2. The Everything Healthy Mediterranean Cookbook: 300 Fresh and Simple Recipes for Better Living
By Peter Minaki
Mediterranean cuisine is celebrated all over the world for its fresh, healthy ingredients, vibrant flavors and complex recipes. Centering mostly around fresh fruits, vegetables, whole grains, seafood and lean meats, it’s no wonder it’s not just a fad diet. But who has time to make complicated, traditional recipes every weeknight? The Everything Healthy Mediterranean Cookbook provides all the tools you need to make healthy, classic Mediterranean meals right at home. Including 300 recipes—most of which can be made in 30 minutes or less, along with make-ahead and slow cooker meals—this cookbook is perfect for Mediterranean diet beginners. This fun and easy cookbook has the step-by-step guidance you need to effortlessly incorporate this healthy lifestyle into your busy schedule. Whether you are cooking a quick, delicious meal on a weeknight or an elaborate, decadent meal for a holiday, The Everything Healthy Mediterranean Cookbook makes starting the Mediterranean diet easier than ever.
3. Opa! The Healthy Greek Cookbook: Modern Mediterranean Recipes for Living the Good Life
By Theo Stephan and Christina Xenos
Bring the healthy and mouthwatering flavors of Greece home with Opa! The Healthy Greek Cookbook. Filled with traditional dishes, this Greek cookbook combines great tastes with food that’s good for you. From Kalamata Olive Spread and Vegetable Moussaka to Shrimp Santorini and Spinach and Feta Stuffed Chicken Breasts, these dishes will have you shouting “Opa!” Worried about finding the right ingredients? This Greek cookbook brings you authentic dishes without needing to visit the Mediterranean to shop. Learn how to stock your pantry, explore Greek flavor profiles, and master cooking techniques. The book includes: 90 healthy Greek recipes―Discover how easy it is to craft sumptuous Greek dishes in your kitchen using easy-to-find ingredients and simple instructions; Helpful tips and tricks―This Greek cookbook is filled with handy suggestions for substituting ingredients, advice for better cooking, timesavers, and more; Live Greek―Get insight into why Greek food is so good for you―as well as healthy lifestyle tips drawn straight from Greece.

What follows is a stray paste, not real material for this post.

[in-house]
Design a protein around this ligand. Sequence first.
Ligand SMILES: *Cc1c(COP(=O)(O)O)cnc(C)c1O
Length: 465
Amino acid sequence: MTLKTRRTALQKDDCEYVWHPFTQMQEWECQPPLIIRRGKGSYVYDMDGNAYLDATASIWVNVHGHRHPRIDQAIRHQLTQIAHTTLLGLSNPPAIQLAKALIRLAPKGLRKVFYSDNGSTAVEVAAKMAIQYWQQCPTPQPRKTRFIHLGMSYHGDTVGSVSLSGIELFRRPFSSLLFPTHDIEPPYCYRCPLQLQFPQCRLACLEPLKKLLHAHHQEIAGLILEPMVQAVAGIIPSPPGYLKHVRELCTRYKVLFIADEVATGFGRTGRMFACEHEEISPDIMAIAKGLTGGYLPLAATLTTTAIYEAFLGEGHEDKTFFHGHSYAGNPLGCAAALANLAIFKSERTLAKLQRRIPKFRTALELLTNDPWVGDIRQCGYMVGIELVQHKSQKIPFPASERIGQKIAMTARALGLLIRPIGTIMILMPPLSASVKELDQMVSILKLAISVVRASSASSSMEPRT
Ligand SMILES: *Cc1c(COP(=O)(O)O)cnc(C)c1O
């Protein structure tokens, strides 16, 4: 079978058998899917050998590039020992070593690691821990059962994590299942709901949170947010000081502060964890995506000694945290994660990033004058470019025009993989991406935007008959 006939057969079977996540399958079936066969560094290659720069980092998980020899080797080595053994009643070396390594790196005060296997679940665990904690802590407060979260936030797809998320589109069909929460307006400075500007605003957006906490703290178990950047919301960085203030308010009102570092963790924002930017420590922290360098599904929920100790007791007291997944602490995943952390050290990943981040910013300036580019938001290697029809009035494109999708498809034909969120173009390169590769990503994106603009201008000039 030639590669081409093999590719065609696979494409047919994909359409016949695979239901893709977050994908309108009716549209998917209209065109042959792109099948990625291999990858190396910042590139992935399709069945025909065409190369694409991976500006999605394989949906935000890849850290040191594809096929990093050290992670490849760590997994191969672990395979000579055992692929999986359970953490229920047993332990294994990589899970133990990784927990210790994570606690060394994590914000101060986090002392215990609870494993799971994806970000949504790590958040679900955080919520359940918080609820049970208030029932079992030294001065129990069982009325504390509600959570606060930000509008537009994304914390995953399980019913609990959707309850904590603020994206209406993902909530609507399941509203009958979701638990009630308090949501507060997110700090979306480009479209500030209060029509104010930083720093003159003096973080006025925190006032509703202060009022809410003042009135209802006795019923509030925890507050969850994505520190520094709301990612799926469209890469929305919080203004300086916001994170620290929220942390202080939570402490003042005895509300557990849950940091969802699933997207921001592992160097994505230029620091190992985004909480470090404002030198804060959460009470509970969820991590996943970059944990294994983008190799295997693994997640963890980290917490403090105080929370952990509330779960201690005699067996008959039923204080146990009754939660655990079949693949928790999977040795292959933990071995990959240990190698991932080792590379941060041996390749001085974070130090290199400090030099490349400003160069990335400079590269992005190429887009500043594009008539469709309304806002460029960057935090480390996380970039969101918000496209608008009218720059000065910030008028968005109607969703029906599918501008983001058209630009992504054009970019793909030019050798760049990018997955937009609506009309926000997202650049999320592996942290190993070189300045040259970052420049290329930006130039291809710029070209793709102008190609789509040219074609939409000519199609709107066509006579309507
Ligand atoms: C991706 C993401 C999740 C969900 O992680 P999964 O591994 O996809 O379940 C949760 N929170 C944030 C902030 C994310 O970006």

4. The Mount Athos Diet: The Mediterranean Plan to Lose Weight, Feel Younger and Live Longer
By Richard Storey, Lottie Storey and Sue Todd
For centuries, the monks of Mount Athos have enjoyed long lives, healthy bodies, and calm minds thanks to their unique diet and lifestyle. Now you too can discover the secrets of good nutrition from this ancient community in a remarkable new diet book. With this plan, you’ll follow the intermittent diet that keeps the monks slim, youthful, and largely free from disease. The diet is made up of three easy-to-follow patterns throughout the week: three fasting days full of delicious fruits and vegetables from nature’s larder; three moderation days to enjoy the best of the Mediterranean, including olive oil, fish, and even red wine; and one feast day to completely indulge in whichever foods you like. With a simple diet plan, recipes, menu planners, and tips on how to adapt the diet, plus guidance on exercise, meditation, and emotional wellbeing, this book promises to transform your body and mind to help you lose weight, feel fitter and live longer. Recipes include dual measurements.
5. The Complete Mediterranean Cookbook: 500 Vibrant, Kitchen-Tested Recipes for Living and Eating Well Every Day
By America’s Test Kitchen
Bring the Mediterranean into your kitchen with more than 500 fresh, flavorful recipes. This comprehensive cookbook translates the famously healthy Mediterranean diet for home cooks with a wide range of creative recipes, many fast enough to be made on a weeknight, using ingredients available at your local supermarket. The structure of the book follows the guidelines of the Mediterranean Diet Pyramid. You’ll find large chapters devoted to Beans and to Vegetables, the Seafood Chapter is larger than Poultry and Meat and the Fruits and Sweets chapter, while shorter, is packed with recipes you can truly feel good eating.
Three easy ways to incorporate the benefits of the Mediterranean diet into your life
- Drink two tablespoons of high-phenolic extra virgin olive oil every day. Read about the benefits of this practice.
- Remove salt from your diet and start experimenting with Greek herbs and spices. Click here to purchase the highest quality Greek herbs and spices from Olive Grove Market.
- Forget the syrup and processed sweeteners and add traditional Greek honey into your life. Click here to purchase the best quality Greek honey from Olive Grove Market.
About the author
Ben Clements is a registered nurse who writes articles and web copy for brands that are motivated to stand out in the health and wellness industry. Clements has more than three years of healthcare experience and has worked in both the hospital and home settings, providing hands on nursing care, education and health-coaching to patients. He continues to work part-time in acute care but has taken a step back to focus on writing.Visit his website or view his LinkedIn profile.